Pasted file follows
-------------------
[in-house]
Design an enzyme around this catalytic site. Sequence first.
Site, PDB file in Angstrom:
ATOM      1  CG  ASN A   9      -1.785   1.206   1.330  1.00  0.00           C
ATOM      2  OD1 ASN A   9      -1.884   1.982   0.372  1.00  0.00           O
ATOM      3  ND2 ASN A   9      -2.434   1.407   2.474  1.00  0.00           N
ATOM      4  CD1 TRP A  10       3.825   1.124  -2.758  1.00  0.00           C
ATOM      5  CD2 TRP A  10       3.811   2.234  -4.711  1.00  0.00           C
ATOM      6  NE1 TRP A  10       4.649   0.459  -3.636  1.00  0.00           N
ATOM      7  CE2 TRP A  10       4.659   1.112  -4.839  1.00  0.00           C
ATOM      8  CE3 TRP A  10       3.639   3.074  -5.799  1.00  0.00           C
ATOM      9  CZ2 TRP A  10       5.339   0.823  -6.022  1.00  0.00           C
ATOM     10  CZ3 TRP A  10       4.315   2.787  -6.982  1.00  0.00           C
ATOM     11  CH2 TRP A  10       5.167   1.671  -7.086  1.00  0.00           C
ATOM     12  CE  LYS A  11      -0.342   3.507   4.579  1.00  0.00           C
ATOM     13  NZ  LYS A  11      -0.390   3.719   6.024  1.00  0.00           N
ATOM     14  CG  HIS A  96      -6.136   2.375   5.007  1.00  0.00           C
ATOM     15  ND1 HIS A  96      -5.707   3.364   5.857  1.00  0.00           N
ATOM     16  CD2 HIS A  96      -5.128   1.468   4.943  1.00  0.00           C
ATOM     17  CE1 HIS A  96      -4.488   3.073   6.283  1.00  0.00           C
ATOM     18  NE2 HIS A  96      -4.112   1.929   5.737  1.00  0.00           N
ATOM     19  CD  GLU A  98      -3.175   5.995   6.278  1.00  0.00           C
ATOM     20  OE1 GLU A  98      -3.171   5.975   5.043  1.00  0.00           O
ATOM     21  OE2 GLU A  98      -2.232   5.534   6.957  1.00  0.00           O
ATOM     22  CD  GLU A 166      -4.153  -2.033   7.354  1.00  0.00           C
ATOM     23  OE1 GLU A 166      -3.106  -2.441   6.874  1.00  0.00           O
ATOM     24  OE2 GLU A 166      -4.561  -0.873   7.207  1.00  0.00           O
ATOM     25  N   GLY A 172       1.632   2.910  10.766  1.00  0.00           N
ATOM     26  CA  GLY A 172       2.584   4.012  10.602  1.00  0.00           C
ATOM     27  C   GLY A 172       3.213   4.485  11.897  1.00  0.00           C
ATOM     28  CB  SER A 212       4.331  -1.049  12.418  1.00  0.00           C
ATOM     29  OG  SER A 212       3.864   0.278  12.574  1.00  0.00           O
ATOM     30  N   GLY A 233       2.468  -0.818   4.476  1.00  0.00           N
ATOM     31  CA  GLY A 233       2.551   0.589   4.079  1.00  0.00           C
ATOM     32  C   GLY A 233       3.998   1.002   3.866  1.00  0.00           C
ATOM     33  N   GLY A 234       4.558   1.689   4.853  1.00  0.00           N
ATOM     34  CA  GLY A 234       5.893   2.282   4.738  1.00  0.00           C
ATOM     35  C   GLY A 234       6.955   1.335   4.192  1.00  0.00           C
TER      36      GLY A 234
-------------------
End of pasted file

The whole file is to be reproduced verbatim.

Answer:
[in-house]
Design an enzyme around this catalytic site. Sequence first.
Site, PDB file in Angstrom:
ATOM      1  CG  ASN A   9      -1.785   1.206   1.330  1.00  0.00           C
ATOM      2  OD1 ASN A   9      -1.884   1.982   0.372  1.00  0.00           O
ATOM      3  ND2 ASN A   9      -2.434   1.407   2.474  1.00  0.00           N
ATOM      4  CD1 TRP A  10       3.825   1.124  -2.758  1.00  0.00           C
ATOM      5  CD2 TRP A  10       3.811   2.234  -4.711  1.00  0.00           C
ATOM      6  NE1 TRP A  10       4.649   0.459  -3.636  1.00  0.00           N
ATOM      7  CE2 TRP A  10       4.659   1.112  -4.839  1.00  0.00           C
ATOM      8  CE3 TRP A  10       3.639   3.074  -5.799  1.00  0.00           C
ATOM      9  CZ2 TRP A  10       5.339   0.823  -6.022  1.00  0.00           C
ATOM     10  CZ3 TRP A  10       4.315   2.787  -6.982  1.00  0.00           C
ATOM     11  CH2 TRP A  10       5.167   1.671  -7.086  1.00  0.00           C
ATOM     12  CE  LYS A  11      -0.342   3.507   4.579  1.00  0.00           C
ATOM     13  NZ  LYS A  11      -0.390   3.719   6.024  1.00  0.00           N
ATOM     14  CG  HIS A  96      -6.136   2.375   5.007  1.00  0.00           C
ATOM     15  ND1 HIS A  96      -5.707   3.364   5.857  1.00  0.00           N
ATOM     16  CD2 HIS A  96      -5.128   1.468   4.943  1.00  0.00           C
ATOM     17  CE1 HIS A  96      -4.488   3.073   6.283  1.00  0.00           C
ATOM     18  NE2 HIS A  96      -4.112   1.929   5.737  1.00  0.00           N
ATOM     19  CD  GLU A  98      -3.175   5.995   6.278  1.00  0.00           C
ATOM     20  OE1 GLU A  98      -3.171   5.975   5.043  1.00  0.00           O
ATOM     21  OE2 GLU A  98      -2.232   5.534   6.957  1.00  0.00           O
ATOM     22  CD  GLU A 166      -4.153  -2.033   7.354  1.00  0.00           C
ATOM     23  OE1 GLU A 166      -3.106  -2.441   6.874  1.00  0.00           O
ATOM     24  OE2 GLU A 166      -4.561  -0.873   7.207  1.00  0.00           O
ATOM     25  N   GLY A 172       1.632   2.910  10.766  1.00  0.00           N
ATOM     26  CA  GLY A 172       2.584   4.012  10.602  1.00  0.00           C
ATOM     27  C   GLY A 172       3.213   4.485  11.897  1.00  0.00           C
ATOM     28  CB  SER A 212       4.331  -1.049  12.418  1.00  0.00           C
ATOM     29  OG  SER A 212       3.864   0.278  12.574  1.00  0.00           O
ATOM     30  N   GLY A 233       2.468  -0.818   4.476  1.00  0.00           N
ATOM     31  CA  GLY A 233       2.551   0.589   4.079  1.00  0.00           C
ATOM     32  C   GLY A 233       3.998   1.002   3.866  1.00  0.00           C
ATOM     33  N   GLY A 234       4.558   1.689   4.853  1.00  0.00           N
ATOM     34  CA  GLY A 234       5.893   2.282   4.738  1.00  0.00           C
ATOM     35  C   GLY A 234       6.955   1.335   4.192  1.00  0.00           C
TER      36      GLY A 234